Re: Visualizing muddled volitions

From: Peter C. McCluskey (
Date: Tue Jun 22 2004 - 10:05:43 MDT (Eliezer Yudkowsky) writes:
>It is noteworthy that criticisms seem to be equally divided between people who:
>A) Think that humans are too awful for their volitions to be extrapolated.
>(What am I supposed to extrapolate instead?)
>B) Think that people's present-day decisions are just fine, and this whole
>volition-extrapolating thing is unnecessary. (Are you absolutely sure

 I agree with your criticisms of these two positions, but I still have doubts.
You write as if the only differences between current humans and future versions
of those humans are due to knowledge.
 But it's pretty clear to me that some differences are due to them not being
exactly the same people (i.e. identity changing over time), so that there are
real conflicts of interest between current and future instances of a given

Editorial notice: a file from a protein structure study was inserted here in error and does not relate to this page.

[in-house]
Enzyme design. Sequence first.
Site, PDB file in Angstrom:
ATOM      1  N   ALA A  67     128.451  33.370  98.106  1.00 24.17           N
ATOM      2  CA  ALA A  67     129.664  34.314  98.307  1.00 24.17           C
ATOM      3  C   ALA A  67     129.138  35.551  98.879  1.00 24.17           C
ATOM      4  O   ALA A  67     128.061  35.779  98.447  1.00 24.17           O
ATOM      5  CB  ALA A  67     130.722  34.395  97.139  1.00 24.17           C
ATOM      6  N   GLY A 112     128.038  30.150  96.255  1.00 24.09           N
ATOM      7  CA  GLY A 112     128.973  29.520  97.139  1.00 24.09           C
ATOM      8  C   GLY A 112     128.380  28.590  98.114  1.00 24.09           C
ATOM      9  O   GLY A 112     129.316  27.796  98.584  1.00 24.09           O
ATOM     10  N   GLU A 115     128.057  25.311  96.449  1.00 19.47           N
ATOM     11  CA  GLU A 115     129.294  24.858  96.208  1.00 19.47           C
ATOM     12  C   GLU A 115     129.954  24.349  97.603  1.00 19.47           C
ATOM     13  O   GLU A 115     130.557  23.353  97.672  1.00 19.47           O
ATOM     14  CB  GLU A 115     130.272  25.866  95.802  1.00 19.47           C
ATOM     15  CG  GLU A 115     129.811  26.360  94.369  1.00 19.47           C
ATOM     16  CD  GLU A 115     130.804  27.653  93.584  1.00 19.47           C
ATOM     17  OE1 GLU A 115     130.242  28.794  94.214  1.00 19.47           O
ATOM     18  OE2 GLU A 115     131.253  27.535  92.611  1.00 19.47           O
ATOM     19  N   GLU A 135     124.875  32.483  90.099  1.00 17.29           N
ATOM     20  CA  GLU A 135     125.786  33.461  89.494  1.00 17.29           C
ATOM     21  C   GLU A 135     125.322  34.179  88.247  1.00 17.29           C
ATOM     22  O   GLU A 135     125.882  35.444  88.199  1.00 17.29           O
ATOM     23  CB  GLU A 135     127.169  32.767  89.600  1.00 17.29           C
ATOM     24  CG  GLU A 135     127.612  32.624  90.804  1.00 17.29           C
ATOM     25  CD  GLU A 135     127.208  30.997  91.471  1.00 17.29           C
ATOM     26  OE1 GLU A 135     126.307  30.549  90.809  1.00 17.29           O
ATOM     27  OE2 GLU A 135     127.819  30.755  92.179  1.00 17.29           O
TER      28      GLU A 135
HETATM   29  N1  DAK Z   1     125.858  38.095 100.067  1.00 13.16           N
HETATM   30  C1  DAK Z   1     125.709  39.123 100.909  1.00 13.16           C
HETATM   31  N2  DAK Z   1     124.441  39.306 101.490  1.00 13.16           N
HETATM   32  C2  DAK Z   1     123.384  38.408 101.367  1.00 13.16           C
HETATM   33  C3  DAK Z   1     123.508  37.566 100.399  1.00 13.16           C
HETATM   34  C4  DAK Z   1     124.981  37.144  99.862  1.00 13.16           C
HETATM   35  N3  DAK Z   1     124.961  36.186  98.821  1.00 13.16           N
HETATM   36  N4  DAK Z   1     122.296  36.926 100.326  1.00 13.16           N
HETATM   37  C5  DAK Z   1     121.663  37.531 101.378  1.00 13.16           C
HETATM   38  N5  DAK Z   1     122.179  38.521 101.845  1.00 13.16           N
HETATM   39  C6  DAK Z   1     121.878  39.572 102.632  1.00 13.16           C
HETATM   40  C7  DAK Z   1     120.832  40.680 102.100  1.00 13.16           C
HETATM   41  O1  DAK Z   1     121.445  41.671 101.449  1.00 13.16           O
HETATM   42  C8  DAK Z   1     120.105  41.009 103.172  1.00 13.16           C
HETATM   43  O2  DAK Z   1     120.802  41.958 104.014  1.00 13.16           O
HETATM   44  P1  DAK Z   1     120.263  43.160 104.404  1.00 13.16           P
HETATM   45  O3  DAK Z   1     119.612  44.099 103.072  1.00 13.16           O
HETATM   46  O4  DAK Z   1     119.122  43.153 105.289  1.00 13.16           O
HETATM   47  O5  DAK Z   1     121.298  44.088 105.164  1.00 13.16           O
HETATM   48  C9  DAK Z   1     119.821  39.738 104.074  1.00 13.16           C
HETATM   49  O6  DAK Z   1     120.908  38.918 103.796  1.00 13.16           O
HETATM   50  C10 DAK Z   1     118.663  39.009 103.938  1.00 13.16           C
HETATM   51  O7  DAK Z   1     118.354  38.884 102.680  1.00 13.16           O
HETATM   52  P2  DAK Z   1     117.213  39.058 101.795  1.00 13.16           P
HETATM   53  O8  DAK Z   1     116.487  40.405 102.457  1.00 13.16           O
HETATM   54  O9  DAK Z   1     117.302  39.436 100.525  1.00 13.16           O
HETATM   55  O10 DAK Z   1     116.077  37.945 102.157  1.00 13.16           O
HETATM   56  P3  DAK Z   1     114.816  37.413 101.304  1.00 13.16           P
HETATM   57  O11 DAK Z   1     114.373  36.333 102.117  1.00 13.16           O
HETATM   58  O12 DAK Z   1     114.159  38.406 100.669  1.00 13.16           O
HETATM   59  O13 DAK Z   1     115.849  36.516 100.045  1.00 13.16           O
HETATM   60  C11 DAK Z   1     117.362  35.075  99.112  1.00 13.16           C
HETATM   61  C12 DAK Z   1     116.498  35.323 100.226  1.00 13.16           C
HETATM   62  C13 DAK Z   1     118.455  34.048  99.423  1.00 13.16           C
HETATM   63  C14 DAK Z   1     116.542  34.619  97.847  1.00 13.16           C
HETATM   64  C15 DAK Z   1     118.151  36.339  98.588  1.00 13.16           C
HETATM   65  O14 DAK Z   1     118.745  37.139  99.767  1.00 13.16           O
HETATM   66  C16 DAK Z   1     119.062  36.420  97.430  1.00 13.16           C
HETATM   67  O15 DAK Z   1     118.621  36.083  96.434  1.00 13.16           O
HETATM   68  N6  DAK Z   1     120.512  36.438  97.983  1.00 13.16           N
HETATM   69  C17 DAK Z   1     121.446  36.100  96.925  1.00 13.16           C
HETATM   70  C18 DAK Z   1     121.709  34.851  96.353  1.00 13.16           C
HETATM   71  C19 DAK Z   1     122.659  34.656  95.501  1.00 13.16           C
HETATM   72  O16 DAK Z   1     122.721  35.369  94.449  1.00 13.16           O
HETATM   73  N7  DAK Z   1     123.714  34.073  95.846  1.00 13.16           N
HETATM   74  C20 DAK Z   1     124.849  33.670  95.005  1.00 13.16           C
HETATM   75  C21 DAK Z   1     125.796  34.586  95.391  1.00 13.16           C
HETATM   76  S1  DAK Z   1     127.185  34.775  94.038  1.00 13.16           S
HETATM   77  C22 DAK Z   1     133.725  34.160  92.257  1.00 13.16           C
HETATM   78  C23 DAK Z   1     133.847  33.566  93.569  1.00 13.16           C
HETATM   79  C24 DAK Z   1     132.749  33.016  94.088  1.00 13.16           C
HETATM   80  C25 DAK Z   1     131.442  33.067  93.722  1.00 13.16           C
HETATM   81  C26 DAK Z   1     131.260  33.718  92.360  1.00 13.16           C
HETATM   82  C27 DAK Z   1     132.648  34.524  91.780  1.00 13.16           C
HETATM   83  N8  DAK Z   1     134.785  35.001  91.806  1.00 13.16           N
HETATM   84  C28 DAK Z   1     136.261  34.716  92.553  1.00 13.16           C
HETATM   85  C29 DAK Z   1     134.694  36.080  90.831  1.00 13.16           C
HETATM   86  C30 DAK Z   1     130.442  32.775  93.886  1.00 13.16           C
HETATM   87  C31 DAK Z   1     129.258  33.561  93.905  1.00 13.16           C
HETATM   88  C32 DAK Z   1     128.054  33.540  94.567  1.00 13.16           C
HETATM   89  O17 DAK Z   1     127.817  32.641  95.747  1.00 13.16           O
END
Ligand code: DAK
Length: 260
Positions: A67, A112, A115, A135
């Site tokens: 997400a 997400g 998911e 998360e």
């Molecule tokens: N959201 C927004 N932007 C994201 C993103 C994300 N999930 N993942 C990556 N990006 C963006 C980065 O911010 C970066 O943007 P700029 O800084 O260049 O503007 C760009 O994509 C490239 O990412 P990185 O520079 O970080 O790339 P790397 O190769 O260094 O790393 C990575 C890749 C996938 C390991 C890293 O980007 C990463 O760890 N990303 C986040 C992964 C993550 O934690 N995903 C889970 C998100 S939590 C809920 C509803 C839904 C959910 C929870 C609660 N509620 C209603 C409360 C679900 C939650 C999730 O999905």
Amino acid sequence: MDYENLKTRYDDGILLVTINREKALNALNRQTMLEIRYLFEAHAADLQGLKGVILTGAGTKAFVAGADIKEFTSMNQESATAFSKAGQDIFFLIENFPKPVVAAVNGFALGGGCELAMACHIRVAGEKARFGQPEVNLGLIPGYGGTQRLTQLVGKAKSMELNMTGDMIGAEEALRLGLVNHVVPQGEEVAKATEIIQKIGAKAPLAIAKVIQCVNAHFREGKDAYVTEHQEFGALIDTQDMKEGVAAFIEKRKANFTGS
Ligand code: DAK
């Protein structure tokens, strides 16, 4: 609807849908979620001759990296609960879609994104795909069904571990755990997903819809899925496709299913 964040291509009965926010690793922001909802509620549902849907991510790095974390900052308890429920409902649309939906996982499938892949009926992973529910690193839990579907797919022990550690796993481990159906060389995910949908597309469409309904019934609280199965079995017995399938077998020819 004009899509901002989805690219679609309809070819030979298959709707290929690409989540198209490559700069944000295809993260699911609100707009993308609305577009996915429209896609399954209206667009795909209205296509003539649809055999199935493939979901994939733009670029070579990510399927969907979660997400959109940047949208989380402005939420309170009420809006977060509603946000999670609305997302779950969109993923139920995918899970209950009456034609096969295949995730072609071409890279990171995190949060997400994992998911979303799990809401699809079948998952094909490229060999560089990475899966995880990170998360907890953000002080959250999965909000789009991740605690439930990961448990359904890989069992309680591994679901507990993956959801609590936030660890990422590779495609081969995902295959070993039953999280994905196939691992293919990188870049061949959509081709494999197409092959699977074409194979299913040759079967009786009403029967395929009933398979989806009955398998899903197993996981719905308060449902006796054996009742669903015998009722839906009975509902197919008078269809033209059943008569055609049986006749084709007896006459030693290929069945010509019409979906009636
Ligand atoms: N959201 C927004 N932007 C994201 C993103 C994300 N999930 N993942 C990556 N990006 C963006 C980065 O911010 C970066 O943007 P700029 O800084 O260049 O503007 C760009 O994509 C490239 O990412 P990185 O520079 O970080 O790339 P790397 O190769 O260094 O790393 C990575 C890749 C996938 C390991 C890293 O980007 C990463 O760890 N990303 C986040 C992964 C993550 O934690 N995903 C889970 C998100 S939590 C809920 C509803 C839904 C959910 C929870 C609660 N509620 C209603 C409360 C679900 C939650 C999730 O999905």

person. The classic case studied by economists is savings rates. I wish that
the Peter McCluskey of 15 years ago had saved slightly more than he actually
did, but I can't identify any knowledge that I have today that ought to have
convinced him to do so.
 It sounds like your optimization process would give more weight to the
interests of future humans than an unbiased observer would consider optimal.
This might be unimportant, but I see a small but nonzero risk that it could
do great harm to humans at one time to produce a smaller benefit to humans
further in the future.
 It should in theory be possible to write into software an optimal balancing
of current and future interests that takes into account the improved
knowledge of future humans, but I don't think I could express the appropriate
goals clearly enough to write such software.

Peter McCluskey          | I see no greater impediment to scientific progress | than the prevailing practice of focusing all of
                         | our mathematical resources on probabilistic and
                         | statistical inferences while leaving causal con-
                         | siderations to the mercy of intuition - J. Pearl

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